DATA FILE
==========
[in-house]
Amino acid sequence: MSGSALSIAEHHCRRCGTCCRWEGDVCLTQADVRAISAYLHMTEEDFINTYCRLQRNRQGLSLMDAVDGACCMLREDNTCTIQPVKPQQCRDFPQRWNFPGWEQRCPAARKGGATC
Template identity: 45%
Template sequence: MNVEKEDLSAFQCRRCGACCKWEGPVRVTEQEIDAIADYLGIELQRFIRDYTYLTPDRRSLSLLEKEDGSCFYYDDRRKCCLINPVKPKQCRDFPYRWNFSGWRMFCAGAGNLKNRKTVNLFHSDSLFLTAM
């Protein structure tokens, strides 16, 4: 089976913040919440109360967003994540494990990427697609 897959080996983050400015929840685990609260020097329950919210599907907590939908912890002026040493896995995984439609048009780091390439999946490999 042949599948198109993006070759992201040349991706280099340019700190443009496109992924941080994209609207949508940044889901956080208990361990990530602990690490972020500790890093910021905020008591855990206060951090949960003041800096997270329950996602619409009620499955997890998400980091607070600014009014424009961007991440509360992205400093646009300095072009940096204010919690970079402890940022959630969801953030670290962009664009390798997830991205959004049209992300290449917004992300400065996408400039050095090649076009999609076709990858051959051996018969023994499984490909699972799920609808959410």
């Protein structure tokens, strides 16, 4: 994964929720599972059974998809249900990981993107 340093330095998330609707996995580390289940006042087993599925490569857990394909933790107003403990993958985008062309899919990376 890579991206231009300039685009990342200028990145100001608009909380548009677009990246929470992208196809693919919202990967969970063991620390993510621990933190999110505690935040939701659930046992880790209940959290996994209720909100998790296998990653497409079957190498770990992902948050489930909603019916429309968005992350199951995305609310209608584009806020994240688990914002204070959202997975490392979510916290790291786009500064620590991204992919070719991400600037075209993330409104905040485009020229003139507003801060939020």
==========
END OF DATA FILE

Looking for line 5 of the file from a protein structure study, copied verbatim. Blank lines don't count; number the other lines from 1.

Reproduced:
């Protein structure tokens, strides 16, 4: 089976913040919440109360967003994540494990990427697609 897959080996983050400015929840685990609260020097329950919210599907907590939908912890002026040493896995995984439609048009780091390439999946490999 042949599948198109993006070759992201040349991706280099340019700190443009496109992924941080994209609207949508940044889901956080208990361990990530602990690490972020500790890093910021905020008591855990206060951090949960003041800096997270329950996602619409009620499955997890998400980091607070600014009014424009961007991440509360992205400093646009300095072009940096204010919690970079402890940022959630969801953030670290962009664009390798997830991205959004049209992300290449917004992300400065996408400039050095090649076009999609076709990858051959051996018969023994499984490909699972799920609808959410």